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Plant Cell
Orlova, I., Department of Horticulture and Landscape Architecture, Purdue University, West Lafayette, IN 47907, United States
Marshall-Colón, A., Department of Horticulture and Landscape Architecture, Purdue University, West Lafayette, IN 47907, United States
Schnepp, J., Department of Horticulture and Landscape Architecture, Purdue University, West Lafayette, IN 47907, United States
Wood, B., Department of Horticulture and Landscape Architecture, Purdue University, West Lafayette, IN 47907, United States
Varbanova, M., Department of Molecular, Cellular, and Developmental Biology, University of Michigan, Ann Arbor, MI 48109, United States
Fridman, E., Department of Molecular, Cellular, and Developmental Biology, University of Michigan, Ann Arbor, MI 48109, United States
Blakeslee, J.J., Department of Horticulture and Landscape Architecture, Purdue University, West Lafayette, IN 47907, United States
Peer, W.A., Department of Horticulture and Landscape Architecture, Purdue University, West Lafayette, IN 47907, United States
Murphy, A.S., Department of Horticulture and Landscape Architecture, Purdue University, West Lafayette, IN 47907, United States
Rhodes, D., Department of Horticulture and Landscape Architecture, Purdue University, West Lafayette, IN 47907, United States
Pichersky, E., Department of Molecular, Cellular, and Developmental Biology, University of Michigan, Ann Arbor, MI 48109, United States
Dudareva, N., Department of Horticulture and Landscape Architecture, Purdue University, West Lafayette, IN 47907, United States
In plants, benzoic acid (BA) is believed to be synthesized from Phe through shortening of the propyl side chain by two carbons. It is hypothesized that this chain shortening occurs via either a β-oxidative or non-β-oxidative pathway. Previous in vivo isotope labeling and metabolic flux analysis of the benzenoid network in petunia (Petunia hybrida) flowers revealed that both pathways yield benzenoid compounds and that benzylbenzoate is an intermediate between L-Phe and BA. To test this hypothesis, we generated transgenic petunia plants in which the expression of BPBT, the gene encoding the enzyme that uses benzoyl-CoA and benzyl alcohol to make benzylbenzoate, was reduced or eliminated. Elimination of benzylbenzoate formation decreased the endogenous pool of BA and methylbenzoate emission but increased emission of benzyl alcohol and benzylaldehyde, confirming the contribution of benzylbenzoate to BA formation. Labeling experiments with 2H5-PHe revealed a dilution of isotopic abundance in most measured compounds in the dark, suggesting an alternative pathway from a precursor other than Phe, possibly phenylpyruvate. Suppression of BPBT activity also affected the overall morphology of petunia plants, resulting in larger flowers and leaves, thicker stems, and longer internodes, which was consistent with the increased auxin transport in transgenic plants. This suggests that BPBT is involved in metabolic processes in vegetative tissues as well. © 2006 American Society of Plant Biologists.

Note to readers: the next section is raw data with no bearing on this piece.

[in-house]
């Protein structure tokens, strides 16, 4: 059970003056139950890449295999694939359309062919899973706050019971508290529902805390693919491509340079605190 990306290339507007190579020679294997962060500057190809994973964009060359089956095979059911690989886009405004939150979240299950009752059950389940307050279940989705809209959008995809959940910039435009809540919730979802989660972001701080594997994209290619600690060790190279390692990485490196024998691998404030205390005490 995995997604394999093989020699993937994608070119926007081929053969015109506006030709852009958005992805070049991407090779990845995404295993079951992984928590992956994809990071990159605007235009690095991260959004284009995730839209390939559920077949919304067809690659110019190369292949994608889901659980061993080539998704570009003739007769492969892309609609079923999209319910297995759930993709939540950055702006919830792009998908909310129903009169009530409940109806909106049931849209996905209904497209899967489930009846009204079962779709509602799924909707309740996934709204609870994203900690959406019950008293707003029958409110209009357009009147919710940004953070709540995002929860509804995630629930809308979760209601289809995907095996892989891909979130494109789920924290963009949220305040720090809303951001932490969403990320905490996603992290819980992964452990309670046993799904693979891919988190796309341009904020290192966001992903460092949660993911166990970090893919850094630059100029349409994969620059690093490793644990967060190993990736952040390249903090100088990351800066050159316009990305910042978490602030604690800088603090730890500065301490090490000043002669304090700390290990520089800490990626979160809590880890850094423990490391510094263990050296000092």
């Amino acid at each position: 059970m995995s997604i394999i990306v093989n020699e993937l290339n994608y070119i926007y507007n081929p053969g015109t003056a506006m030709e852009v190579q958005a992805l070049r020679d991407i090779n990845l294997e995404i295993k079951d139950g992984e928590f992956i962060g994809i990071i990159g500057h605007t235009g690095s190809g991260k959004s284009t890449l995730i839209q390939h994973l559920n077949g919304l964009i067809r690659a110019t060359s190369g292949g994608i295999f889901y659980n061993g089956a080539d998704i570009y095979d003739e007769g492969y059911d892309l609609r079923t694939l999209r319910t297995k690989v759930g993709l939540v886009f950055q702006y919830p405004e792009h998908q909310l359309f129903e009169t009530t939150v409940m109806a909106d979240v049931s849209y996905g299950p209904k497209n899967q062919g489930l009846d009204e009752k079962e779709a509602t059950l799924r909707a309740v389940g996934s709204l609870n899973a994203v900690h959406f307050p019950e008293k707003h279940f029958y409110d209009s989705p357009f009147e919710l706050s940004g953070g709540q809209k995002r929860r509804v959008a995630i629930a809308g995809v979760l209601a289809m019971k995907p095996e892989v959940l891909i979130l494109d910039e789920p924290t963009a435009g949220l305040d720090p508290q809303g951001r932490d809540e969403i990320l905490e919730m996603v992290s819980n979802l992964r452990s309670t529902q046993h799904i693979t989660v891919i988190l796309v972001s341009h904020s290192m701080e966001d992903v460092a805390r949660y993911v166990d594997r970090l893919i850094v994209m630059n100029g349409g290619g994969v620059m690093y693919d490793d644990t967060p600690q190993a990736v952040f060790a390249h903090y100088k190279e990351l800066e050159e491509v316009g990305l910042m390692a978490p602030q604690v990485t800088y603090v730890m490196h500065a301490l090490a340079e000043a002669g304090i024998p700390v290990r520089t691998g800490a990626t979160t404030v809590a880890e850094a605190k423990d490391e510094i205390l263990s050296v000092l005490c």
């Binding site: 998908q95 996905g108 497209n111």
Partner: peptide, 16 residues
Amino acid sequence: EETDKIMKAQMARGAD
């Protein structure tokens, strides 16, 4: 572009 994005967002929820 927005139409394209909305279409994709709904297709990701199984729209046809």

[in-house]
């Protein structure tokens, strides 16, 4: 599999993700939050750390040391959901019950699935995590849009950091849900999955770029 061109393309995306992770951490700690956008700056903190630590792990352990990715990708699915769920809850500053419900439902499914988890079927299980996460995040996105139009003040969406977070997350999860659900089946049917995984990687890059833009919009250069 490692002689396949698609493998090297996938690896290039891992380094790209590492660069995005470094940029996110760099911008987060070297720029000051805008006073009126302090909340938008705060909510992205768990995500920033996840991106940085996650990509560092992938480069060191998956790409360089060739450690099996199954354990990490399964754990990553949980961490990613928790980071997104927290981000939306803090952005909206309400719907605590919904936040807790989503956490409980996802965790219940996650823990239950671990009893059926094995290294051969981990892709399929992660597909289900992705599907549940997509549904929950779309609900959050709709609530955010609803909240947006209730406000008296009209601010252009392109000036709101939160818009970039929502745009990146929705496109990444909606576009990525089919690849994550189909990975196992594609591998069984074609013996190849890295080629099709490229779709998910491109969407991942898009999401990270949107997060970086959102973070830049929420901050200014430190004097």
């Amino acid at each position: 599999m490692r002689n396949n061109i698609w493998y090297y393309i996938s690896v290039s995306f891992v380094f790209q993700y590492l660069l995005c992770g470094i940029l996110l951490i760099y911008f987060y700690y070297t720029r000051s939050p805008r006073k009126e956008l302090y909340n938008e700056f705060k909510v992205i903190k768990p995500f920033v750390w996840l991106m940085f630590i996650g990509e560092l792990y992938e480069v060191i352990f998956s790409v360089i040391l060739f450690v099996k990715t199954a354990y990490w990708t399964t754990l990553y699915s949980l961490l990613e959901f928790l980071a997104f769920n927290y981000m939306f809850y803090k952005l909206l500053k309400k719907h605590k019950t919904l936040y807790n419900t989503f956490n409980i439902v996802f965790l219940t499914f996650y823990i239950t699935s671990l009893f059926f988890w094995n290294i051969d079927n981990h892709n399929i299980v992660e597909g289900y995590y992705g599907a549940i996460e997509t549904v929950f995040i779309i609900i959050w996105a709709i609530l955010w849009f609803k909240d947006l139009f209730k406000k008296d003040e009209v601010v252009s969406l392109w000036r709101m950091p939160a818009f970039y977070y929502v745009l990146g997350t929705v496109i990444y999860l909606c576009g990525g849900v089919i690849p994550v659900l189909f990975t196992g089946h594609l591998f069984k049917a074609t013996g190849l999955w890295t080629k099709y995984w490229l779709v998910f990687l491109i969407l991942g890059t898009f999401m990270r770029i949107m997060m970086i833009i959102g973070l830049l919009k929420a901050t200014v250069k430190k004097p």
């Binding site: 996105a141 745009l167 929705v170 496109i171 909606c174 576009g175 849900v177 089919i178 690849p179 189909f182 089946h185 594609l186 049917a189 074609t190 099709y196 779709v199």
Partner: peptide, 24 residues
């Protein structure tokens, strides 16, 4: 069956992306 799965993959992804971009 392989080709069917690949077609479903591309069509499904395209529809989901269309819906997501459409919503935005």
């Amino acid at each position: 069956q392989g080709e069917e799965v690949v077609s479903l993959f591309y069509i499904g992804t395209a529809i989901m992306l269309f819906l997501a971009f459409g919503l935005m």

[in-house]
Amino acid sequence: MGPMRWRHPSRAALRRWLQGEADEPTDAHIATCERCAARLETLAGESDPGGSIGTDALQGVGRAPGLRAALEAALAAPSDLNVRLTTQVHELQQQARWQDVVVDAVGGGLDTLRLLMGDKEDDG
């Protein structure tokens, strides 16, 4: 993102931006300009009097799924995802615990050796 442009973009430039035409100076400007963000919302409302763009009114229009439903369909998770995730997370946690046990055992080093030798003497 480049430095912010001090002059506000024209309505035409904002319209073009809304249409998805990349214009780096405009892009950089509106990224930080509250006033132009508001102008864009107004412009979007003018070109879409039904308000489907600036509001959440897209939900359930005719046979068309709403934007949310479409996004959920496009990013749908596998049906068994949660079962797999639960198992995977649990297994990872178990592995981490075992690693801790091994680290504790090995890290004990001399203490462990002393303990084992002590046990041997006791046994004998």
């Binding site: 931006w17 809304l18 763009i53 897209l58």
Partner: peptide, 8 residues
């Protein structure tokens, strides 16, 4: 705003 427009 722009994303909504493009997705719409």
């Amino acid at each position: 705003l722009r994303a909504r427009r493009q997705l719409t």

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Reduction of benzenoid synthesis in petunia flowers reveals multiple pathways to benzoic acid and enhancement in auxin transport